Why Your Dog May Need a Flu Shot

It is challenging enough to try to get yearly flu shots for kids, aging parents and ourselves. Now the family dog may need one, too.

USA Today reported that some kennels are requiring that canines be vaccinated:

"Before making boarding arrangements for vacations or the holiday season, dog owners should check with their veterinarians about the highly contagious canine influenza virus (CIV), says Kimberly May, spokesperson for the American Veterinary Medical Association.

"CIV is rarely fatal and, unlike swine flu, humans cannot get this virus from dogs, according to the Centers for Disease Control and Prevention. But it causes acute respiratory infections in dogs, and virtually all dogs who are exposed become infected. During the incubation period of two to four days, pets who appear healthy can still be spreading the germs."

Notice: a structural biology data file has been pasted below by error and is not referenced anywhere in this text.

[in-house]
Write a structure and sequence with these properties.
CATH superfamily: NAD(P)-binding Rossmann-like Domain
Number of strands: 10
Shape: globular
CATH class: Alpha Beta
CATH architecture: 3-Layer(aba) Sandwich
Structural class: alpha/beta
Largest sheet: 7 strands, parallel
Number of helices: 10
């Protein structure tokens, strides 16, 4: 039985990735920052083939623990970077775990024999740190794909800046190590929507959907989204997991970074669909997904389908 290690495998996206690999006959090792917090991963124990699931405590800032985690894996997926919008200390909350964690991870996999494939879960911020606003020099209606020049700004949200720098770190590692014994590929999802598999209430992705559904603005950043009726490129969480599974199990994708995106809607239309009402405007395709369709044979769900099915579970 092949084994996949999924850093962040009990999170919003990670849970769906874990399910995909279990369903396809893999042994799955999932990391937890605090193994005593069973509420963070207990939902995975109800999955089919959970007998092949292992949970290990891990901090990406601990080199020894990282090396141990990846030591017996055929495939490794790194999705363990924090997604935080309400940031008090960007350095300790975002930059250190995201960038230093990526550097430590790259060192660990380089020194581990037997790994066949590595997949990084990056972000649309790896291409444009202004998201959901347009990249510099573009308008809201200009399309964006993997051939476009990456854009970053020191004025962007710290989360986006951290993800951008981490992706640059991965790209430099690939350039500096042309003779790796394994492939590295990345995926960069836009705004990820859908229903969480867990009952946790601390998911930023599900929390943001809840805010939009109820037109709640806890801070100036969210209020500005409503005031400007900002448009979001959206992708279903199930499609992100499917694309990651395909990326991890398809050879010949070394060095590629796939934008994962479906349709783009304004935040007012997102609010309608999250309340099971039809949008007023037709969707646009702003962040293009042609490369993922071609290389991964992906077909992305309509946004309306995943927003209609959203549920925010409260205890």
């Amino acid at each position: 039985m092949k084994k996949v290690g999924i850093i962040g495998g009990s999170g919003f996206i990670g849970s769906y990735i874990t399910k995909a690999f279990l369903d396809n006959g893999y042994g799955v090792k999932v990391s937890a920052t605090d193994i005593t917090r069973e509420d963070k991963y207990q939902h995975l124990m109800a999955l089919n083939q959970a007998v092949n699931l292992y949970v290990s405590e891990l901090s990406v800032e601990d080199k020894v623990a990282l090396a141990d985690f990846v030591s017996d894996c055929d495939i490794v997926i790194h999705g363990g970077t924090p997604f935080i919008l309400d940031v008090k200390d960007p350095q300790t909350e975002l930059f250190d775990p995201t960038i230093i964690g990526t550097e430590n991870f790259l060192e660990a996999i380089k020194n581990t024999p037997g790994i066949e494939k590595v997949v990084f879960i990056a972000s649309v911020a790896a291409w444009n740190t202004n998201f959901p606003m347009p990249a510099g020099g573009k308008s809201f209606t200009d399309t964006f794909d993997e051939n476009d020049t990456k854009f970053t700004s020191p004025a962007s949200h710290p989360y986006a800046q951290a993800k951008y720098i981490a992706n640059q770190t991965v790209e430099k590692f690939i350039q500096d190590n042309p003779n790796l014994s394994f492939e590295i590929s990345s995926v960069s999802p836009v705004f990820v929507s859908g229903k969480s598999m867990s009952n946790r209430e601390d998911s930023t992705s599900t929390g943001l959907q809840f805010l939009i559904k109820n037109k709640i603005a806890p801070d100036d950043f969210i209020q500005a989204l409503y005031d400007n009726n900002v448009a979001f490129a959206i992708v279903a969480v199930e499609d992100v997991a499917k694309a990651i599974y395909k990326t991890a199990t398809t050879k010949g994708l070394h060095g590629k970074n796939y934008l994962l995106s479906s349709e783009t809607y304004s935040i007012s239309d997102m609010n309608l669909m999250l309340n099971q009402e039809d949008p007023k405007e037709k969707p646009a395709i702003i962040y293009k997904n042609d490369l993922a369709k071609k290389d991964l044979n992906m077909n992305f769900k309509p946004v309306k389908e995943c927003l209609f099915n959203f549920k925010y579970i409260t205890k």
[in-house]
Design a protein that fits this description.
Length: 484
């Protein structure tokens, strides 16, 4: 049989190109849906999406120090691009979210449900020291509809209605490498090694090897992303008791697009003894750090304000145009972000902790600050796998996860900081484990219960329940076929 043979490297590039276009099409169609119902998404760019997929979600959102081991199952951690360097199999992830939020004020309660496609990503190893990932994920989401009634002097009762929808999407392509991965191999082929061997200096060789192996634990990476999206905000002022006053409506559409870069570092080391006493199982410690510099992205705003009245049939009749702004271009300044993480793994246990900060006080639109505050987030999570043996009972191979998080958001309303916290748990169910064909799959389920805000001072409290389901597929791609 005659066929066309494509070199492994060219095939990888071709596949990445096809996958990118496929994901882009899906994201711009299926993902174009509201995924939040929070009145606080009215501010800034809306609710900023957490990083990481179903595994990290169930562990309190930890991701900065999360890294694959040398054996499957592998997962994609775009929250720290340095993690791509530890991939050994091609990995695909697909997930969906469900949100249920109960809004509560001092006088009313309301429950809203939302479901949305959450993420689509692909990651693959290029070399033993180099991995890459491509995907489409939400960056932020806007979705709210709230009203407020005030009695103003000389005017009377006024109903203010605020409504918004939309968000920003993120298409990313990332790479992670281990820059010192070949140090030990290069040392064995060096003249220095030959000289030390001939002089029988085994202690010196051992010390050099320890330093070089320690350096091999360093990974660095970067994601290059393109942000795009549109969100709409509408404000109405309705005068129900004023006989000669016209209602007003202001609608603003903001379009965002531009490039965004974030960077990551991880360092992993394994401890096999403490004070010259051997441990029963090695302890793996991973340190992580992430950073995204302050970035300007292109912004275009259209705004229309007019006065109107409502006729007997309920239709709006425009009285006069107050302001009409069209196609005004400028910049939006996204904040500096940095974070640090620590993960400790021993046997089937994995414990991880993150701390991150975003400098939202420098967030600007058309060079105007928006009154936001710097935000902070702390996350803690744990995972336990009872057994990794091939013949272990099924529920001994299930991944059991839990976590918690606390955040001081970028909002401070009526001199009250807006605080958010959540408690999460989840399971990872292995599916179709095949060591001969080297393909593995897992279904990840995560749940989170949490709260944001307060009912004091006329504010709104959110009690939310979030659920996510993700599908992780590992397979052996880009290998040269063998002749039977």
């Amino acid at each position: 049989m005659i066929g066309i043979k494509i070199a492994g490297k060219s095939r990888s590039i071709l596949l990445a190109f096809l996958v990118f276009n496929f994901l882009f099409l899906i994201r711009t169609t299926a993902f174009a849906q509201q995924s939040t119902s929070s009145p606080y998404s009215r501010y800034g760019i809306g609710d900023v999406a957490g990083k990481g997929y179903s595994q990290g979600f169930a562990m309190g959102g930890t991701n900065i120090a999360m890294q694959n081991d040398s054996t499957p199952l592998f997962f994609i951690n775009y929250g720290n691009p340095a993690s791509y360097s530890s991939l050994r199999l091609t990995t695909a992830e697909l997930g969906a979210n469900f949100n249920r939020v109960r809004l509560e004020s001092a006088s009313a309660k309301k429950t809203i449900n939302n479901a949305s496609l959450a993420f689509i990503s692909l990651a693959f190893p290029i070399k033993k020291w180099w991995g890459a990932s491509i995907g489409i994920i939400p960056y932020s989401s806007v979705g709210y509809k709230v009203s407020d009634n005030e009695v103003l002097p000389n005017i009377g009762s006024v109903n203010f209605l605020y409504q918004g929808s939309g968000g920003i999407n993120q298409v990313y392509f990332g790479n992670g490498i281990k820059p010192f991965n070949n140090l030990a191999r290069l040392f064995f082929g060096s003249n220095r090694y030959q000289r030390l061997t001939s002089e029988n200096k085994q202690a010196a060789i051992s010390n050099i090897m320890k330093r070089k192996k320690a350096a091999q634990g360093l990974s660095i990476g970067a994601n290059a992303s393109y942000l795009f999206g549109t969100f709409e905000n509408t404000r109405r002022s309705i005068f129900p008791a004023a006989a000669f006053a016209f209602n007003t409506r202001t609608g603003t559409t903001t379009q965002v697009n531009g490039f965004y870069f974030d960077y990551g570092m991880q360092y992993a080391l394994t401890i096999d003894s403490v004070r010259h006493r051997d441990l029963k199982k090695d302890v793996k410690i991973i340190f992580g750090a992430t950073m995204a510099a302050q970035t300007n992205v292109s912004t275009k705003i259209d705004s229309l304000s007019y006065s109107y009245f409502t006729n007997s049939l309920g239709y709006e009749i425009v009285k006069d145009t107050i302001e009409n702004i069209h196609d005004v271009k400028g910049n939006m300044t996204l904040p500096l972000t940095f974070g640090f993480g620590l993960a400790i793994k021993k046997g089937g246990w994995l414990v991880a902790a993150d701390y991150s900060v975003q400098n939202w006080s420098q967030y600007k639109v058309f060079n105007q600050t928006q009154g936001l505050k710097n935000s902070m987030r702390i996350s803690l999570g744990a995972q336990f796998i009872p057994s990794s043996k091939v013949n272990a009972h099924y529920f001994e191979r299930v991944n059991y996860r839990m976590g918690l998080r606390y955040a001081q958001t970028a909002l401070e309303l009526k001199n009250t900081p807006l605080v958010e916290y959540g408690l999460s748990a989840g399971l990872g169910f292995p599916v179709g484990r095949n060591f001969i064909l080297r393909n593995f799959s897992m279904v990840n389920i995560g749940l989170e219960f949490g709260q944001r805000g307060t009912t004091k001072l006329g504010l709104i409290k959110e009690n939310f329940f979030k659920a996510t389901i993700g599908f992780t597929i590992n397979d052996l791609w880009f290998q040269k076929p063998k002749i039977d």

Canine influenza first was reported in 2004 at a Florida dog track and spread to several states, according to USA Today.

For most healthy dogs, the risk is low if pets stay at home. Dogs kept at kennels and other places where canines are grouped together have the greatest chance of catching the flu.

The Sacramento Bee ran a Q&A about pets that said canine flu symptoms generally are mild and include a runny nose, fever and cough.

The American Veterinary Medical Association published a background sheet on canine influenza that includes information on symptoms, diagnosis and treatment.

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    Al Tompkins

    Al Tompkins is The Poynter Institute’s senior faculty for broadcasting and online. He has taught thousands of journalists, journalism students and educators in newsrooms around the world.


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